All user codes are now stored within the AD and authenticate within the Active Directory.
There are number of differences between a staff user and a student user.
Staff user profiles have the ability to be non-volatile, so remain on an Office machine after the user has logged out. This allows staff users to alter the default settings for the workstation and applications.
If required, staff users can have elevated rights on their workstation so that the staff user can install software on that machine if necessary.
Student profiles are volatile, so are removed from the workstation whenever a lab machine is re-started and the profile has not be used for 8 days. This is to allow a student to use the same workstation each week for lecturers and to have a faster login then if no profile exists. At no time can a student user have elevated rights on any workstation.
All users have their Homespace stored on Windows file store and shared drives in order to easily share information. In the past staff and students had their Homespace stored on different file storage systems.
SLS, Faculties and Departments decide the software that is present within the image.
Currently Managed Desktop image consists of Windows 7 Enterprise, Microsoft Office 2010 and various other packages.
There are many more packages installed to use with Managed Desktop, but most of these are teaching packages and so are only upgraded if we receive a request to do so from a lecturer, and even then any major changes to packages will only occur during the summer, when the latest version of Managed Desktop is released.
We do add new packages and updates as requested throughout the year, and distribute updates to software to patch exploited security vulnerabilities.
There are over 600 applications available in the Managed Desktop, and are available via three main methods, which are installation in the master image that is installed on every workstation, software that is available on every workstation but runs from a network location so is only available when connected to the network and finally, software that is delivered to workstations from a central distribution service to be installed locally on workstations where it is required.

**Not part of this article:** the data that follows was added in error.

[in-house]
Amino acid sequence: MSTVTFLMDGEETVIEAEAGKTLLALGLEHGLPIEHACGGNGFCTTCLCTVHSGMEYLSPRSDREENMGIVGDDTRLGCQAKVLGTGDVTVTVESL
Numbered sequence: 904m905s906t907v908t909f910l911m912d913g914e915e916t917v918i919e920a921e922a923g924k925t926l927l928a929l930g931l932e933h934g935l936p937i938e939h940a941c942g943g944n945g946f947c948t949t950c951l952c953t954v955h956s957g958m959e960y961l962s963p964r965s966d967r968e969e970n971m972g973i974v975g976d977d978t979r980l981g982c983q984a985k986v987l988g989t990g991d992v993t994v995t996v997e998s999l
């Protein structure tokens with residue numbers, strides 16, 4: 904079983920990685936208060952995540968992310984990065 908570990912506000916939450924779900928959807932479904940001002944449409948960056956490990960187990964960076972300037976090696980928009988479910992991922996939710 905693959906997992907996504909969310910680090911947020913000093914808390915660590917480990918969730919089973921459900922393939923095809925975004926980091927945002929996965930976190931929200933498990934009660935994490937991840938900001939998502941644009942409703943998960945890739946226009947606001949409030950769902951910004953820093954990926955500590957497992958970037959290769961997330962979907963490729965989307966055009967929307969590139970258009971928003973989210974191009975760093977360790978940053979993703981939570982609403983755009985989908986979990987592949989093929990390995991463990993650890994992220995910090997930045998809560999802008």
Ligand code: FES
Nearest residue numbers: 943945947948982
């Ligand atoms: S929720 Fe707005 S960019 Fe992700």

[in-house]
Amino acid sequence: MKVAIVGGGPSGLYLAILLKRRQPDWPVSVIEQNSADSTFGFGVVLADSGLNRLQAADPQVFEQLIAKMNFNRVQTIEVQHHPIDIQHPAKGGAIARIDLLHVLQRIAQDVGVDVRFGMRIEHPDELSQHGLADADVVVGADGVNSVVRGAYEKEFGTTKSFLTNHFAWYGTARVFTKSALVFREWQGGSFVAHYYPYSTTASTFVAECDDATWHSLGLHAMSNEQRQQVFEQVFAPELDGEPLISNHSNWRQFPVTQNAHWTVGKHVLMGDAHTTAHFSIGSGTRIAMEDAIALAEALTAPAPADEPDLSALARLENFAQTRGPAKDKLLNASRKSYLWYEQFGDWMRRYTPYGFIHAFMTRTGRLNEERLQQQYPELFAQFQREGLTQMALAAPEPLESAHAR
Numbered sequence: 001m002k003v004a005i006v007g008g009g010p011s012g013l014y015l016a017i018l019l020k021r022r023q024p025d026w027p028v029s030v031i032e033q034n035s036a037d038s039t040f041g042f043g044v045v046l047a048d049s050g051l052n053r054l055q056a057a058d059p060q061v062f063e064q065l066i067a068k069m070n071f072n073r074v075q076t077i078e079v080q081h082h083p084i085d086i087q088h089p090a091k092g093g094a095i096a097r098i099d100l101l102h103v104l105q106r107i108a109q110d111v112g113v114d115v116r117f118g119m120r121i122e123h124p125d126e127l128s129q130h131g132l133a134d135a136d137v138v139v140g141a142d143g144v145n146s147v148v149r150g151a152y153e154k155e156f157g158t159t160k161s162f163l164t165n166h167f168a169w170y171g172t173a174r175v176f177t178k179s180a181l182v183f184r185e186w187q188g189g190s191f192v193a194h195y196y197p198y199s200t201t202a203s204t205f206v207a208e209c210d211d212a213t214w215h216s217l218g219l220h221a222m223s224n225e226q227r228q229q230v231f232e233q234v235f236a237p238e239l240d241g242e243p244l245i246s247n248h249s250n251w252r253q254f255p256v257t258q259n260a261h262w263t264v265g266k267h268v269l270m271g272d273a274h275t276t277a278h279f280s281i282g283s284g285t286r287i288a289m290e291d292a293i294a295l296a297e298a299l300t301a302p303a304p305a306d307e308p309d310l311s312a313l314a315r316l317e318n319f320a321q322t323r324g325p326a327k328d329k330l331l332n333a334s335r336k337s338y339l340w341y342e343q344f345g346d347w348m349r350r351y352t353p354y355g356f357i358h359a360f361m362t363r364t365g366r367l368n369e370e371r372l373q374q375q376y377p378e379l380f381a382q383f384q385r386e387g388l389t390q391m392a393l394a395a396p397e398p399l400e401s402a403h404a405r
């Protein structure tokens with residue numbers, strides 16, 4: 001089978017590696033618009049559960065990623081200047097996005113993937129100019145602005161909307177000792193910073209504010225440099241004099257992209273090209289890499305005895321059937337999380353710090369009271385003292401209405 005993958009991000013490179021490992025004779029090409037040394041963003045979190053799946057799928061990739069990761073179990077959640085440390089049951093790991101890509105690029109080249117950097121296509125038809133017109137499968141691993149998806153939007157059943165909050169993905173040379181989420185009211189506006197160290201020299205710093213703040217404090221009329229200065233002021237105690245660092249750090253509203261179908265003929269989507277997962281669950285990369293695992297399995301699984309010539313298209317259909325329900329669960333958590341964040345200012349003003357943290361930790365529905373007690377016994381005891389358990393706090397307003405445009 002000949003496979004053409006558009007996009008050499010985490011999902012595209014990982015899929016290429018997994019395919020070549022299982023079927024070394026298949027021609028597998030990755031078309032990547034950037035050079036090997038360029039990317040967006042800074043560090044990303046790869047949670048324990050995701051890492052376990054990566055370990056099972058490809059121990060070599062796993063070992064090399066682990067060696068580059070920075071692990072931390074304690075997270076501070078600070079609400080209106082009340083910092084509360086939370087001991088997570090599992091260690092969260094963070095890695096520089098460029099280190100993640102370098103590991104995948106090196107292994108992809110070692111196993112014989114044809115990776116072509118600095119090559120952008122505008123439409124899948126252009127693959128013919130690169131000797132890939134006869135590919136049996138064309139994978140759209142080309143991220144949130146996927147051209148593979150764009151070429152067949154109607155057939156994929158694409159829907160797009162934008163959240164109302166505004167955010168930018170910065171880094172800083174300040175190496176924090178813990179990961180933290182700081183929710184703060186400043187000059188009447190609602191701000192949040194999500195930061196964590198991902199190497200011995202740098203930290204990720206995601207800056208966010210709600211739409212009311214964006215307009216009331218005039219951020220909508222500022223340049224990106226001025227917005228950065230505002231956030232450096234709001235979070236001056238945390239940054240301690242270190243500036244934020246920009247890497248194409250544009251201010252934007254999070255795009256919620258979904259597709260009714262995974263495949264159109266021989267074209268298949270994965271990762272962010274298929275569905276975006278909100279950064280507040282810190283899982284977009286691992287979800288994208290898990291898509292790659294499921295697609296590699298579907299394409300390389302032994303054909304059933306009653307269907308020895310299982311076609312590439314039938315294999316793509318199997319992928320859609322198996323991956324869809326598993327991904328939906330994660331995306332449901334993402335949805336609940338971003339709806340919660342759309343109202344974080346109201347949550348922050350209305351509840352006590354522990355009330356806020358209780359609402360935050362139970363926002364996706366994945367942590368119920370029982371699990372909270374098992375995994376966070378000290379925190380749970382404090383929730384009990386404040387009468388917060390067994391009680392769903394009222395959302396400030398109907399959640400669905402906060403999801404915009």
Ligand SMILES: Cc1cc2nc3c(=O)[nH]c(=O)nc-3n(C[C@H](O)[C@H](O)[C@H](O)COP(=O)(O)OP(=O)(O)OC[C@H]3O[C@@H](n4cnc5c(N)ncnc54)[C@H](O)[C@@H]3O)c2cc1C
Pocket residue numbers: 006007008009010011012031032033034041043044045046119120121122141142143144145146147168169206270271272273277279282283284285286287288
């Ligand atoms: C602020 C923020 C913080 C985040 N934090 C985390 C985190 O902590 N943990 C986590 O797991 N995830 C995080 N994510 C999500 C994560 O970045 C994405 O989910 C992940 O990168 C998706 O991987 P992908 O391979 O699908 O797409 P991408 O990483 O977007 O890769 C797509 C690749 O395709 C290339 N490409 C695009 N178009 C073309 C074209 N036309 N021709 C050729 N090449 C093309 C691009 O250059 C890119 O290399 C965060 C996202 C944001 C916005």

IS&T have produced an updated software list that currently lists the availability of software for the University’s Managed Desktop within the student IT laboratories.
The list will display a list of currently available software and where it is deployed within the University, as well as a list of software deployed to each room.
For previous versions of Managed Desktop, if users required elevated rights then they would have local administrator rights to the workstation.
For the MD7 desktop, rather than users permanently using their workstation with elevated rights so increasing the risk of trojans etc. running, the University is using an application called Privilege Guard that will grant elevated rights as required, such as to install software, whilst running with standard rights for most of the time.
We currently have a number of configurations for the rights granted by Privilege Guard depending on the user requirements.
There are a number of reasons for the implementation of Privilege Guard within the University.
Users running with permanent local administrator rights is a significant security risk.
By operating a least privilege environment users are prevented from directly or indirectly compromising security. The elimination of admin rights is one of the most effective measures an organisation can take to improving security across their I.T. estate. Operating with a ‘Standard User’ account will mitigate circa 90% of all malware attacks on a Microsoft desktop as most malware exploits local administration rights to gain access to a system.